The other night I waited in the car while my wife was in the grocery store. I saw a guy sitting at an outdoor table — picnic table, really — at the edge of the parking lot. That’s the table where the store employees take their smoke break.
The guy’s head was down and his arms rested on the table top. Scrunched over. He didn’t move. There was a plastic bag on the picnic table in front of him. His long hair was pulled back in a loose ponytail and he wore brown coveralls. I noticed that he twitched occasionally; he was otherwise perfectly still. Passed out?
I watched him for a couple minutes, wondering if I should go check on him or something. From fifty yards away, under the parking lot lights, he looked semi-conscious to me…maybe having a medical emergency? Should I go check it out?
About the time I had decided to do SOMETHING, he straightened up, and I realized he had been writing. The scrunched posture and the twitches were just the natural body language of handwriting.
He stood up, picked up his parcel, and started walking rapidly and purposefully across the parking lot. He was holding a wrapped bouquet of flowers and an envelope.
Voila! All became clear.
He strode to the highway, turned left, and walked out of sight.
What I had perceived as a bad thing was in reality a very good thing. A card and flowers…awesome.
Just another example of how difficult it is to really perceive someone else. As it says, it’s not a bad idea to be “quick to listen, slow to speak, and slow to become angry” (or upset, or judgmental).
Let’s say you need to get a copy of your QuickBooks file to your bookkeeper…or business partner…or CPA. Easy, you say. Just attach it to an email.
You should consider a couple of things first.
1. Security. Sending and receiving email is not the most secure thing to do on the internet. If your email account gets hacked, of if your email receipient’s email gets hacked, you don’t want your QuickBooks file sitting out there for the taking. And you don’t want your file to sit out there in someone’s inbox forever either.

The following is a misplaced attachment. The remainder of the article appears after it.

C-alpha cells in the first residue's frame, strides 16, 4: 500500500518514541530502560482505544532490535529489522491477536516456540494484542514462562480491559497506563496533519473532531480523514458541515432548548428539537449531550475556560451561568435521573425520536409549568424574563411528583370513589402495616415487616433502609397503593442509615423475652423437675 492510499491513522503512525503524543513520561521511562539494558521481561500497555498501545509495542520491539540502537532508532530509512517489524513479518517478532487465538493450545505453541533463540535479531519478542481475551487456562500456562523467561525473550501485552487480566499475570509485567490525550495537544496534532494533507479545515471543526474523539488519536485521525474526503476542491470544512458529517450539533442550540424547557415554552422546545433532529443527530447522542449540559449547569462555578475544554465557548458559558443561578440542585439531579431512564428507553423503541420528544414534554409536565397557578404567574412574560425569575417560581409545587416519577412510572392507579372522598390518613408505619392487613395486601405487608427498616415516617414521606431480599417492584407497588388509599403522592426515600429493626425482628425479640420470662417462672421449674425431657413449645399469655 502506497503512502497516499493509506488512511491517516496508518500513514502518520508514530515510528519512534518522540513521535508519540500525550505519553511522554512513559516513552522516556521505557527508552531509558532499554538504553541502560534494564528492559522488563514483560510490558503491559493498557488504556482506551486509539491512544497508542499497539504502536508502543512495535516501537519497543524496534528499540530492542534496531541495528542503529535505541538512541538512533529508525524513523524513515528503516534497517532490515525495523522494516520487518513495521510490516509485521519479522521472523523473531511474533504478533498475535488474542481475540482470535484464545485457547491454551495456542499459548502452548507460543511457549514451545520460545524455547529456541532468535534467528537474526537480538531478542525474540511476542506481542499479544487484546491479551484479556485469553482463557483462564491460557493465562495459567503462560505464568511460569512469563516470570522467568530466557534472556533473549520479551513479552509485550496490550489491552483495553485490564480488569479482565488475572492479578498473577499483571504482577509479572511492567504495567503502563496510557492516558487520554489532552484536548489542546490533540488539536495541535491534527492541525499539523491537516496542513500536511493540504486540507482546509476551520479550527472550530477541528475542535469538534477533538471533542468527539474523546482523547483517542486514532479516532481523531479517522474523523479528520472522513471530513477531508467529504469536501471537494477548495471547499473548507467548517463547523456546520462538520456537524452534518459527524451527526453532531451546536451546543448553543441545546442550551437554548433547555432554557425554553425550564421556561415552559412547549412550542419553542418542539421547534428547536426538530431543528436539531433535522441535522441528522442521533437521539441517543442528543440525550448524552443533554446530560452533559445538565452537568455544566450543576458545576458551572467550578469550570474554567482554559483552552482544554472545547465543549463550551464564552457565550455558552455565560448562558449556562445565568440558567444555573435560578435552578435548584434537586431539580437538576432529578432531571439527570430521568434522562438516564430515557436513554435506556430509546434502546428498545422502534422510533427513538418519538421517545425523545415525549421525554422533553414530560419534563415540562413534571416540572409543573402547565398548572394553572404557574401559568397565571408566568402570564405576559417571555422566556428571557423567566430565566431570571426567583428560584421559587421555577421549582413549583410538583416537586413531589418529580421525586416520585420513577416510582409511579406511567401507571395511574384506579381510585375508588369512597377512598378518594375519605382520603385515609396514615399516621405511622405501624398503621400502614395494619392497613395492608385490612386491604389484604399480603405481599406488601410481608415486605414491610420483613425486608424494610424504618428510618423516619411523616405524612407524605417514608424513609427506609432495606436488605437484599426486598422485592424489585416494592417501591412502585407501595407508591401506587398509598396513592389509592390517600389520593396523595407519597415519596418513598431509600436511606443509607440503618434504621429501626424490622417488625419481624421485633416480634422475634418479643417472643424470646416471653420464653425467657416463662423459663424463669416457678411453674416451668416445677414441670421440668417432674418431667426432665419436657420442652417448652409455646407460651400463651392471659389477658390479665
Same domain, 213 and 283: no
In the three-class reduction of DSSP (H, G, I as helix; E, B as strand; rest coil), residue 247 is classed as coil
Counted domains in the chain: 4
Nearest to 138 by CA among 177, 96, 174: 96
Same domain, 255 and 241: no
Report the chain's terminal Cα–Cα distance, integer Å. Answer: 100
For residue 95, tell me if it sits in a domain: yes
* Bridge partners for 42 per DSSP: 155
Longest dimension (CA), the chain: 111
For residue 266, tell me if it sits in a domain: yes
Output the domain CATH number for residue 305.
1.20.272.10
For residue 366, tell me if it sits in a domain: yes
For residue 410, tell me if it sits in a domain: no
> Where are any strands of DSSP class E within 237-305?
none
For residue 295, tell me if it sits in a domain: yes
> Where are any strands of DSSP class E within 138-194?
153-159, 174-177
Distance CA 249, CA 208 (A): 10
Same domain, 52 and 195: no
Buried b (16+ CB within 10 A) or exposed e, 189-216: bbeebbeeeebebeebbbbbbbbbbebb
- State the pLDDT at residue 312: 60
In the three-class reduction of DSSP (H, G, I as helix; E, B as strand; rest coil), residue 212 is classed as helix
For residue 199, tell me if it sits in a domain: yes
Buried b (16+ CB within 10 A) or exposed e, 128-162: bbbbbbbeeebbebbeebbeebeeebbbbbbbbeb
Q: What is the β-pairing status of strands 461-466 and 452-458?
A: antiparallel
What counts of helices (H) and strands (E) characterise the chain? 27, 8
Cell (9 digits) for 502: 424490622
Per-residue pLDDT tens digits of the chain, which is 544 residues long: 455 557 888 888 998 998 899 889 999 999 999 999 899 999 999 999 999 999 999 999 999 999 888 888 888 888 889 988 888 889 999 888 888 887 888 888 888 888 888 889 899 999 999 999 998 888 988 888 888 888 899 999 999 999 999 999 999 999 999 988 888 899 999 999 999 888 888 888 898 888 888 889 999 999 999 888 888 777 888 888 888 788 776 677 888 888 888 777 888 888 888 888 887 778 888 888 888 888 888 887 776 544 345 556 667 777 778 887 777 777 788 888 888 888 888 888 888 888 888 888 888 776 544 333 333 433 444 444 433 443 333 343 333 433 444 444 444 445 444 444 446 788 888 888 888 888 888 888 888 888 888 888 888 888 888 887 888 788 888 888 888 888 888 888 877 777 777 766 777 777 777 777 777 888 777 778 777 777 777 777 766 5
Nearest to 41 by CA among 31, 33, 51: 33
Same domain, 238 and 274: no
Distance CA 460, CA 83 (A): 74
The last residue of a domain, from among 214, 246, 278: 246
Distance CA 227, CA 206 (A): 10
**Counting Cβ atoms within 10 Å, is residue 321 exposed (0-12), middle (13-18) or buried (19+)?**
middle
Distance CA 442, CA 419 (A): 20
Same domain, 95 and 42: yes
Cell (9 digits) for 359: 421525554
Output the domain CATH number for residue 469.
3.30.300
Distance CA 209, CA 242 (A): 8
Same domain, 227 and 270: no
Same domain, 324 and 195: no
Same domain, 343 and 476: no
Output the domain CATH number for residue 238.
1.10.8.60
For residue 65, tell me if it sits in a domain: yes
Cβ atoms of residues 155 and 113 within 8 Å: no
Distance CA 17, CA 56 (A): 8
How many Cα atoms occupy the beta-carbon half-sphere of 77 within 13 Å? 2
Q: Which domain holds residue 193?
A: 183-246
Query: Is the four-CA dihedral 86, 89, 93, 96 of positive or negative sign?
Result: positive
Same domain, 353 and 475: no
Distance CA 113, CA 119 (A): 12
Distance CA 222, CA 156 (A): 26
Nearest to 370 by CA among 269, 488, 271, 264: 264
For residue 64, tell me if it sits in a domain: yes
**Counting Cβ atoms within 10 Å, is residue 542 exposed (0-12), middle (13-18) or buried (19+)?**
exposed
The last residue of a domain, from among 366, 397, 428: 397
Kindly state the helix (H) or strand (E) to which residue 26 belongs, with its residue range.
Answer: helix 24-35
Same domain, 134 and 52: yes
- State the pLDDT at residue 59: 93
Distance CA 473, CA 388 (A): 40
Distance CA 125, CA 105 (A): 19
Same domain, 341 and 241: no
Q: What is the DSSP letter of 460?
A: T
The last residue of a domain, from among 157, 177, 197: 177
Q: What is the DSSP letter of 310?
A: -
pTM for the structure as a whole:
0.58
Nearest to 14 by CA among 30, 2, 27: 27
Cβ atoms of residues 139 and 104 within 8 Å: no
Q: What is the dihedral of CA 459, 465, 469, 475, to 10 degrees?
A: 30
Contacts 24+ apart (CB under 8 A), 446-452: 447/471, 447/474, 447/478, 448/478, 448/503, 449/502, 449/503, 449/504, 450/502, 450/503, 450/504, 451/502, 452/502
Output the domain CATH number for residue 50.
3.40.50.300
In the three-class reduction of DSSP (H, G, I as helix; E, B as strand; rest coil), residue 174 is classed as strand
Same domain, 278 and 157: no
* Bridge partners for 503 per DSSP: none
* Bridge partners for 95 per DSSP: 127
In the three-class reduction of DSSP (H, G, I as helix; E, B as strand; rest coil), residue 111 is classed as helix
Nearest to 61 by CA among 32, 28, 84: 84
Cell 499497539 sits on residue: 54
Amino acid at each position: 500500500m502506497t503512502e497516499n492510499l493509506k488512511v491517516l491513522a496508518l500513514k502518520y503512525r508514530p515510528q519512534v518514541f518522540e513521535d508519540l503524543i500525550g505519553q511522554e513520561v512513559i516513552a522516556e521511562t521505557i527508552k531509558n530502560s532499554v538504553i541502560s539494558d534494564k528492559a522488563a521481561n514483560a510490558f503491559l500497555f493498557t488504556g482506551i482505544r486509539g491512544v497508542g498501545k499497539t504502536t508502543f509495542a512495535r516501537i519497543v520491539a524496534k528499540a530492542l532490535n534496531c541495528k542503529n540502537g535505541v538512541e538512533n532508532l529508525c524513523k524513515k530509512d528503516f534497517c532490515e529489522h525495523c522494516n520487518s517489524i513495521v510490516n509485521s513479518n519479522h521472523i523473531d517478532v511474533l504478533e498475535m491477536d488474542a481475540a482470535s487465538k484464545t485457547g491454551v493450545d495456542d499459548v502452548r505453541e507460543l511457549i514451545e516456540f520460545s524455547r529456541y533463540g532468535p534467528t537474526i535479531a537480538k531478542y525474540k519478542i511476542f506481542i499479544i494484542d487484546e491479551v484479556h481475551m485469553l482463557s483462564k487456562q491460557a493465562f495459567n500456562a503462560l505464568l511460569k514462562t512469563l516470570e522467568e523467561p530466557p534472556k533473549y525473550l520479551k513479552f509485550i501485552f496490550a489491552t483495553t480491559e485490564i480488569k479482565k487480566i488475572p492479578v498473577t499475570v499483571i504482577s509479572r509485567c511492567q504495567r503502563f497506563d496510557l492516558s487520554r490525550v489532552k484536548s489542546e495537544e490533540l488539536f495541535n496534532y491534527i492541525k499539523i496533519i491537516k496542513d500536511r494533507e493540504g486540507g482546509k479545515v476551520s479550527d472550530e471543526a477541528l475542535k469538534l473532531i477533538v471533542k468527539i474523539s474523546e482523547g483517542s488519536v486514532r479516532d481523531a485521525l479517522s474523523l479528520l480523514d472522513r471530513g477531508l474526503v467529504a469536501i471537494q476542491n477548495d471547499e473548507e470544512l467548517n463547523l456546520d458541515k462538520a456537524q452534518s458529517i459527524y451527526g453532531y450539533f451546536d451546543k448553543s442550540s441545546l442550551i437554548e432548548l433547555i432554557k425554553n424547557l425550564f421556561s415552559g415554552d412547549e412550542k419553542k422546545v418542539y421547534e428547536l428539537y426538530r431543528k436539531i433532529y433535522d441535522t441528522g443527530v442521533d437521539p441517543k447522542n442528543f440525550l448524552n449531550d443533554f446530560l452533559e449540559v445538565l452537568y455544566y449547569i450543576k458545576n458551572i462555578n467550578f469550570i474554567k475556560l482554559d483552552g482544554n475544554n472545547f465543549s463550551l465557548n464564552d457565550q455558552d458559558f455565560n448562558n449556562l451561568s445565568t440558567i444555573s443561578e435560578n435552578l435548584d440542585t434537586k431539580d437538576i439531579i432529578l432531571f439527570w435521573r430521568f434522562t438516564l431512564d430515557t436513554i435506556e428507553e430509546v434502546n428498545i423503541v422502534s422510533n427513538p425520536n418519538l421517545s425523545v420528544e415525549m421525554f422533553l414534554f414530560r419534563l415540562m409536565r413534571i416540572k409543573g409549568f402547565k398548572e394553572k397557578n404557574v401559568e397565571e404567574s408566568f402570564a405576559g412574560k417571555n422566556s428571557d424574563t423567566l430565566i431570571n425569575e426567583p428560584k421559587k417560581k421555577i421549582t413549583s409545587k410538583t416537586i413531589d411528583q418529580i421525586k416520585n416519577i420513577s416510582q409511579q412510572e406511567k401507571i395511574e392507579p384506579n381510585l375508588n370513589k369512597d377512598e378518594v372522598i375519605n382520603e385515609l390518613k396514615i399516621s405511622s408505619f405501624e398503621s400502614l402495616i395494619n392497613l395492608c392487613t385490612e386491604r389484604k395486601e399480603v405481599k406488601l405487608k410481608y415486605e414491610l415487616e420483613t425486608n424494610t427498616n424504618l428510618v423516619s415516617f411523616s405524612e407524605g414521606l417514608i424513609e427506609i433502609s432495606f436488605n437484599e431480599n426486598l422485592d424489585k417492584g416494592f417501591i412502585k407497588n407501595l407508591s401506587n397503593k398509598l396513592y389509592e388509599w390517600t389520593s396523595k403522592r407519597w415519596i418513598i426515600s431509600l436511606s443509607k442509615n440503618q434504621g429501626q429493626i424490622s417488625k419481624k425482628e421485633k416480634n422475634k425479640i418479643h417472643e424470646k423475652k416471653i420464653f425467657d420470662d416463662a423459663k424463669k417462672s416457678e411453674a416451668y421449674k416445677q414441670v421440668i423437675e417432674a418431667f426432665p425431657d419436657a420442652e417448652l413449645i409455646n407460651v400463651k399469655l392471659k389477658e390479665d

It’s more secure to use a file sharing or file sending service. Services like sharefile.com, yousendit.com, sendthisfile.com, and others have secure means of sending files. Most of these services allow you put an ‘expiration date’ on the file you send, so it will automatically go offline after a week or two. That’s a good thing.
Or, if you have a cloud-based drive you can share, like IDrive, you can securely upload a backup of your file and give access to someone else.
2. Efficiency. Attaching large files to emails is not very efficient; email wasn’t designed to carry heavy data loads. If the file you attach to your email is bigger than, say, 10MB, it may fail to send at all, or may not be receivable on the other side.
Even if you create a portable copy of your data — which would be perhaps only 20% the size of your regular QBW file — most company’s files are still going to be too big to reliably send by email.
Keep it secure, and keep it efficient when you transfer someone your QuickBooks data.
How about you? What’s the best method you’ve found to send someone a QuickBooks file?